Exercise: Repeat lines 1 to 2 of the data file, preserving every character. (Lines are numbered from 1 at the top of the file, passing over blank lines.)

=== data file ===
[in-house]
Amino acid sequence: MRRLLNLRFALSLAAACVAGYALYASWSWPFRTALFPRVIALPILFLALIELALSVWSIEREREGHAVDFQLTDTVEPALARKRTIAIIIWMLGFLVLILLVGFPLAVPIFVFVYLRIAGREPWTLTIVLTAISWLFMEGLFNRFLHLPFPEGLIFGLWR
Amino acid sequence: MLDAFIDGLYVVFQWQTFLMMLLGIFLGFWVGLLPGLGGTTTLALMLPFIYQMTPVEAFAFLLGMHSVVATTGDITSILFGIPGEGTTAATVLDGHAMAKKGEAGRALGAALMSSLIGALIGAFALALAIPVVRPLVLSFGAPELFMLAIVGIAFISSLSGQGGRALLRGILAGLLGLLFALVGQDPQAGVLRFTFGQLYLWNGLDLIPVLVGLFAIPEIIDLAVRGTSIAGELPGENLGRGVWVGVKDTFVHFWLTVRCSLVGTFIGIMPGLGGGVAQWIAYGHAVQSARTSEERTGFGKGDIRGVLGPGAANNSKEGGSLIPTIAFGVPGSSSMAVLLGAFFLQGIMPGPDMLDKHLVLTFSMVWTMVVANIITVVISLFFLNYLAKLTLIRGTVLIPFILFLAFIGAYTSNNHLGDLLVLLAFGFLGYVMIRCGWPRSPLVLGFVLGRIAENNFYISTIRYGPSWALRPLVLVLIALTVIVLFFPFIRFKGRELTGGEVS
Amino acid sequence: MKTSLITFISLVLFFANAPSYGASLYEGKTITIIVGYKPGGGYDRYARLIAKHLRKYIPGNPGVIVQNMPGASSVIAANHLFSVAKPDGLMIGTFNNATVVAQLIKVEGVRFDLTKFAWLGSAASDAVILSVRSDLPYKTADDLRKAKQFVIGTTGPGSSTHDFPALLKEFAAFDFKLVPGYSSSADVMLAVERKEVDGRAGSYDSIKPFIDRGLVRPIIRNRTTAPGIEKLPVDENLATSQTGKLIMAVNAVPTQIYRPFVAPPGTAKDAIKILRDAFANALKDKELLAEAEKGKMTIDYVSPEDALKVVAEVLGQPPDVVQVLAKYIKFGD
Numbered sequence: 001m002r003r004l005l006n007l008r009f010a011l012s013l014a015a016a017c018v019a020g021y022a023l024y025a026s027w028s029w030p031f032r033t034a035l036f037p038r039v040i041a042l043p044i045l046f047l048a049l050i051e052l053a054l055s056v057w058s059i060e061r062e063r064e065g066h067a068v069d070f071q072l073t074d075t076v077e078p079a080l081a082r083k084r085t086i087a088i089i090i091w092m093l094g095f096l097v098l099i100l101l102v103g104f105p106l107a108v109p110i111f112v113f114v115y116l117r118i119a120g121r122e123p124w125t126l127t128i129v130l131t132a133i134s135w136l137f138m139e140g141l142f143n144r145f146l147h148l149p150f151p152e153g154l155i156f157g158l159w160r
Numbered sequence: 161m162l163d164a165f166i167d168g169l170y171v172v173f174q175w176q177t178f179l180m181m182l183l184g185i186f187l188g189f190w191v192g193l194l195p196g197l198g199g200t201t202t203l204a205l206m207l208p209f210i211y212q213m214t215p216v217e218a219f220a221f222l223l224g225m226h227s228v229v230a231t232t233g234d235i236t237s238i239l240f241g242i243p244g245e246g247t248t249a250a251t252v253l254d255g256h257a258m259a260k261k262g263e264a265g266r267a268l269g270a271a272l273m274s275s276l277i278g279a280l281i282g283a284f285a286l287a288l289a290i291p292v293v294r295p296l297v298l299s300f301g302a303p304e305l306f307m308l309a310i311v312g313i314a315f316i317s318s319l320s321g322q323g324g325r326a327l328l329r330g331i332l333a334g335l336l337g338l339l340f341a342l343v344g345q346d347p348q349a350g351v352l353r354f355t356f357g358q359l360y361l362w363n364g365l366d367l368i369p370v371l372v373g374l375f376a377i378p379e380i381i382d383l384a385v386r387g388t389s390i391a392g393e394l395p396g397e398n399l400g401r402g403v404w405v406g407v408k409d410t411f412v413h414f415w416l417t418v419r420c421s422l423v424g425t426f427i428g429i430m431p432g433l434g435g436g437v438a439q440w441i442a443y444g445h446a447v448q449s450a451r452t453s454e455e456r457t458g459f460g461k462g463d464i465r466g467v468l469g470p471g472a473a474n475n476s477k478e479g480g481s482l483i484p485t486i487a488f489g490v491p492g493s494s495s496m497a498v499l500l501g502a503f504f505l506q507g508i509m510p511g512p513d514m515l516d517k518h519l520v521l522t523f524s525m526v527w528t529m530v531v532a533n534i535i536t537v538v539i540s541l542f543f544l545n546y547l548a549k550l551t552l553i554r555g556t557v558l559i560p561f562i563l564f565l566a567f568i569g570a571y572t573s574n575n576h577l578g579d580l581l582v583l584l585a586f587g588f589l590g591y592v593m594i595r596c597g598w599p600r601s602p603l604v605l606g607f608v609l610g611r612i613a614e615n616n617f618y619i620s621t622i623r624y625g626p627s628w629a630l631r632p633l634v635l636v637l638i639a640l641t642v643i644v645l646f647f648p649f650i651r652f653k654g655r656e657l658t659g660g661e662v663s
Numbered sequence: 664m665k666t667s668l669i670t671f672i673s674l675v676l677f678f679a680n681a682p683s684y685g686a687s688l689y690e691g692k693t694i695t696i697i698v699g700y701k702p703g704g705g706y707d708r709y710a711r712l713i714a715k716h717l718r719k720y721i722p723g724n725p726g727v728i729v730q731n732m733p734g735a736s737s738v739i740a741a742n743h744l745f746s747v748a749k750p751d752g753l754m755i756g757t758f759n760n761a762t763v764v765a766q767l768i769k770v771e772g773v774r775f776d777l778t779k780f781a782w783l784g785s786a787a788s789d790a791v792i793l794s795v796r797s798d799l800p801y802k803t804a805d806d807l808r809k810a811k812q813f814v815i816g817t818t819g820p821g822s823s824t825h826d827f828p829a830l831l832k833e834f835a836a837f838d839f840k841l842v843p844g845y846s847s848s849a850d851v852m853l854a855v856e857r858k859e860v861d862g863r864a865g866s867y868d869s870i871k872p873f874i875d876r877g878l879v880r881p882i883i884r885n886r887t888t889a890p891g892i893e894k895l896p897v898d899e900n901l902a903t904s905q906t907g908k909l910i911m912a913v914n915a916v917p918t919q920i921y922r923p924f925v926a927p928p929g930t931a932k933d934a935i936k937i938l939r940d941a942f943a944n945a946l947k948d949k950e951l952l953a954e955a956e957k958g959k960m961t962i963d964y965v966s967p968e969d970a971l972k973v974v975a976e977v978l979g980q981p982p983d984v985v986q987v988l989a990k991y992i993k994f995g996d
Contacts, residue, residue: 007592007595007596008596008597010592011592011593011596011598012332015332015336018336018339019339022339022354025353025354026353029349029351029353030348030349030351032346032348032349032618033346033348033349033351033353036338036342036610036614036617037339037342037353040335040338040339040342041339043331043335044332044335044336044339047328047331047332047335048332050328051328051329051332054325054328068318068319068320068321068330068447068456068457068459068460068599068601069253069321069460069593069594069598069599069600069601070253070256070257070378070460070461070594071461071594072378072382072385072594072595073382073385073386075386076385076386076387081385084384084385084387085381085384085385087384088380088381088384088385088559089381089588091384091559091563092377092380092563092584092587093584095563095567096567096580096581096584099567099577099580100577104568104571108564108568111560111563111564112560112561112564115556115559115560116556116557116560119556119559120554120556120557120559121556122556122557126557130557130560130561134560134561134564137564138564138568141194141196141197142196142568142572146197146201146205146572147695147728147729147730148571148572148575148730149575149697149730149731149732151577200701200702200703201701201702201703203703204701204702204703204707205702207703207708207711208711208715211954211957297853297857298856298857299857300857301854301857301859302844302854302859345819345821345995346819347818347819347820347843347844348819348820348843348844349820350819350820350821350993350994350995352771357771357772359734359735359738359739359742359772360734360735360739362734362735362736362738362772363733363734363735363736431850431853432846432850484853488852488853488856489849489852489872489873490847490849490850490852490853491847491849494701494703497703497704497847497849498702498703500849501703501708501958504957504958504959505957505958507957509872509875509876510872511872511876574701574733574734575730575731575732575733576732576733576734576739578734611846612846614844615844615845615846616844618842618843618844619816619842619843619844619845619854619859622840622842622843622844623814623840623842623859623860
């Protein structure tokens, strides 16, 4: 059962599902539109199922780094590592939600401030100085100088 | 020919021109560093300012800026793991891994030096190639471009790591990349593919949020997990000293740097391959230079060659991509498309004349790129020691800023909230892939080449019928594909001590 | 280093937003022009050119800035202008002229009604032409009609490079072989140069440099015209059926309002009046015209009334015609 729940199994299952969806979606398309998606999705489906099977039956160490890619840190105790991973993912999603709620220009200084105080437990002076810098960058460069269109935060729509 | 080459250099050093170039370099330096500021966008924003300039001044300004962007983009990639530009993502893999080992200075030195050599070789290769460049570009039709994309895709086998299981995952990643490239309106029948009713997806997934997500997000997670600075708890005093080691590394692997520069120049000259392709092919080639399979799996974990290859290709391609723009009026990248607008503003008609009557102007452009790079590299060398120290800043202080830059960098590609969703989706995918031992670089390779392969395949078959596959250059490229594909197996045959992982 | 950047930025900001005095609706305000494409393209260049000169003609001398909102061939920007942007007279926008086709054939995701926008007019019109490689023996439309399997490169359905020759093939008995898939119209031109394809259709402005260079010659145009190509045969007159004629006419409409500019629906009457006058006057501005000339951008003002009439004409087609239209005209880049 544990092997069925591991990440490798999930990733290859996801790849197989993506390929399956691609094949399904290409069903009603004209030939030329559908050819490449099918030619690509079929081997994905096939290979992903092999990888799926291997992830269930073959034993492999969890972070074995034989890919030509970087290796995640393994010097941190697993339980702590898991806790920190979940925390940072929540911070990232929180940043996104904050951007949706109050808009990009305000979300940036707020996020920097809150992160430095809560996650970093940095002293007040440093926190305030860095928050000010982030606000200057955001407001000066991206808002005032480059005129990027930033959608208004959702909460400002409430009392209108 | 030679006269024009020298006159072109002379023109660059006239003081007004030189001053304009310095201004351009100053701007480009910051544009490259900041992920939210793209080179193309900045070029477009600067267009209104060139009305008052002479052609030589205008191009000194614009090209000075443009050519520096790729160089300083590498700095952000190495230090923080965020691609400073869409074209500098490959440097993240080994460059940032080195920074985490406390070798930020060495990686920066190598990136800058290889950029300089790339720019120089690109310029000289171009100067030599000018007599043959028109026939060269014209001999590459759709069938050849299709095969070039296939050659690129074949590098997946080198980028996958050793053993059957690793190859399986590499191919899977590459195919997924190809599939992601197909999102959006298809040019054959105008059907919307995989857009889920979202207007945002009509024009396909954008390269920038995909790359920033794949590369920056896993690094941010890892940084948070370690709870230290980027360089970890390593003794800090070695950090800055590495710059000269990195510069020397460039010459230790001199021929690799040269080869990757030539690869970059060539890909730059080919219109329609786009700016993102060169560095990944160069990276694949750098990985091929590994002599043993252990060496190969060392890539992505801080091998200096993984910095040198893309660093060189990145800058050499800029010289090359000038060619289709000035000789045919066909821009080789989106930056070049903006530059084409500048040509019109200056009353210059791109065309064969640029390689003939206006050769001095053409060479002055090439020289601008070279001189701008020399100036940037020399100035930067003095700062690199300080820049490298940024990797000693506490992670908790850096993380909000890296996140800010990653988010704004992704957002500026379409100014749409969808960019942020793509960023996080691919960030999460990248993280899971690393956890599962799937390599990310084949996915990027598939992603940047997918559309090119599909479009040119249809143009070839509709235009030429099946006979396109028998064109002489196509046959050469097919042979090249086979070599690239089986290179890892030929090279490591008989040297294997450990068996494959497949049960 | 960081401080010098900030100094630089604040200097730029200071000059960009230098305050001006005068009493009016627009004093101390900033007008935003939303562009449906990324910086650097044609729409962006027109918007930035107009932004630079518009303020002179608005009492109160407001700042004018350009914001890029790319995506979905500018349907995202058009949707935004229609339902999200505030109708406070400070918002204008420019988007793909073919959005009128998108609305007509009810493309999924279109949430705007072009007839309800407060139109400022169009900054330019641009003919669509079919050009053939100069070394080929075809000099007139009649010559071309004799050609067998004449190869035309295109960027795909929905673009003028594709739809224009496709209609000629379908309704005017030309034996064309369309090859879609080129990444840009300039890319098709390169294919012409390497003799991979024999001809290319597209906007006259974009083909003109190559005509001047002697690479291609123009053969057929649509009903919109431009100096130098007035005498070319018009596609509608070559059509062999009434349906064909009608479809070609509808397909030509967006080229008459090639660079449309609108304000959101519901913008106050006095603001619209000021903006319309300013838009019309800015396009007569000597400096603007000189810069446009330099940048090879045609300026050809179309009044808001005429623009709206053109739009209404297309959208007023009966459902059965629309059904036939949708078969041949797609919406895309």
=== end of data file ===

[in-house]
Amino acid sequence: MRRLLNLRFALSLAAACVAGYALYASWSWPFRTALFPRVIALPILFLALIELALSVWSIEREREGHAVDFQLTDTVEPALARKRTIAIIIWMLGFLVLILLVGFPLAVPIFVFVYLRIAGREPWTLTIVLTAISWLFMEGLFNRFLHLPFPEGLIFGLWR